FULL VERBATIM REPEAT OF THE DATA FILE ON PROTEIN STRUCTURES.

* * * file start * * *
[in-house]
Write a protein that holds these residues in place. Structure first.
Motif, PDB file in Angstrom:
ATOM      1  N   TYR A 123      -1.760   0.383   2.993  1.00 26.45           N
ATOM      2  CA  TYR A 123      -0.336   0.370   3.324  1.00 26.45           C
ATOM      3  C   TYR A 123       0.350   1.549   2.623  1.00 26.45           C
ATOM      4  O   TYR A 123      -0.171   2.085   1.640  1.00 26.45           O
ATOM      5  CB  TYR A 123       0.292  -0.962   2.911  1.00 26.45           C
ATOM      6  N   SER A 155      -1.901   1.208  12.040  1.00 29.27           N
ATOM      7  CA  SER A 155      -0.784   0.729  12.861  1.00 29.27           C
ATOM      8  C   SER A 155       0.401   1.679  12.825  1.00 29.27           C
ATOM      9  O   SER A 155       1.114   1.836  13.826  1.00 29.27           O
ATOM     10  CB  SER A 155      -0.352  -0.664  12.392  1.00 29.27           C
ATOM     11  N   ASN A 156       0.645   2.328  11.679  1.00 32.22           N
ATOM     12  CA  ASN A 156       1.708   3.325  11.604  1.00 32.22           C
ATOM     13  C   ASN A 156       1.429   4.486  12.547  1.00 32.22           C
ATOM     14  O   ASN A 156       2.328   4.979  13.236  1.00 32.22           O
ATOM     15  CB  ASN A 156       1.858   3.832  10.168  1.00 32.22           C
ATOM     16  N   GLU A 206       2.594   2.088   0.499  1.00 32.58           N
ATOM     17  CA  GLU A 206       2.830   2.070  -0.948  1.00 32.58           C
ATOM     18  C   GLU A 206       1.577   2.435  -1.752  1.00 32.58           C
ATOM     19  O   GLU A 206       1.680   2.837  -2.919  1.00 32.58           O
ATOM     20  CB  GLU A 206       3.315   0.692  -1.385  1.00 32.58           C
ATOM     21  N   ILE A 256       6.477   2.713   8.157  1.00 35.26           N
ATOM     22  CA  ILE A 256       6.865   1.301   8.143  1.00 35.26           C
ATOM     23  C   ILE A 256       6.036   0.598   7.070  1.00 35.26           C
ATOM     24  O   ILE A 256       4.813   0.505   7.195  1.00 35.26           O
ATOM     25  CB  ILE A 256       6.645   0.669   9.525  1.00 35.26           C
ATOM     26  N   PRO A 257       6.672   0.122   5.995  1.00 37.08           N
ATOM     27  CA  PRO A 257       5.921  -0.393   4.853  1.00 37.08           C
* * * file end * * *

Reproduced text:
[in-house]
Write a protein that holds these residues in place. Structure first.
Motif, PDB file in Angstrom:
ATOM      1  N   TYR A 123      -1.760   0.383   2.993  1.00 26.45           N
ATOM      2  CA  TYR A 123      -0.336   0.370   3.324  1.00 26.45           C
ATOM      3  C   TYR A 123       0.350   1.549   2.623  1.00 26.45           C
ATOM      4  O   TYR A 123      -0.171   2.085   1.640  1.00 26.45           O
ATOM      5  CB  TYR A 123       0.292  -0.962   2.911  1.00 26.45           C
ATOM      6  N   SER A 155      -1.901   1.208  12.040  1.00 29.27           N
ATOM      7  CA  SER A 155      -0.784   0.729  12.861  1.00 29.27           C
ATOM      8  C   SER A 155       0.401   1.679  12.825  1.00 29.27           C
ATOM      9  O   SER A 155       1.114   1.836  13.826  1.00 29.27           O
ATOM     10  CB  SER A 155      -0.352  -0.664  12.392  1.00 29.27           C
ATOM     11  N   ASN A 156       0.645   2.328  11.679  1.00 32.22           N
ATOM     12  CA  ASN A 156       1.708   3.325  11.604  1.00 32.22           C
ATOM     13  C   ASN A 156       1.429   4.486  12.547  1.00 32.22           C
ATOM     14  O   ASN A 156       2.328   4.979  13.236  1.00 32.22           O
ATOM     15  CB  ASN A 156       1.858   3.832  10.168  1.00 32.22           C
ATOM     16  N   GLU A 206       2.594   2.088   0.499  1.00 32.58           N
ATOM     17  CA  GLU A 206       2.830   2.070  -0.948  1.00 32.58           C
ATOM     18  C   GLU A 206       1.577   2.435  -1.752  1.00 32.58           C
ATOM     19  O   GLU A 206       1.680   2.837  -2.919  1.00 32.58           O
ATOM     20  CB  GLU A 206       3.315   0.692  -1.385  1.00 32.58           C
ATOM     21  N   ILE A 256       6.477   2.713   8.157  1.00 35.26           N
ATOM     22  CA  ILE A 256       6.865   1.301   8.143  1.00 35.26           C
ATOM     23  C   ILE A 256       6.036   0.598   7.070  1.00 35.26           C
ATOM     24  O   ILE A 256       4.813   0.505   7.195  1.00 35.26           O
ATOM     25  CB  ILE A 256       6.645   0.669   9.525  1.00 35.26           C
ATOM     26  N   PRO A 257       6.672   0.122   5.995  1.00 37.08           N
ATOM     27  CA  PRO A 257       5.921  -0.393   4.853  1.00 37.08           C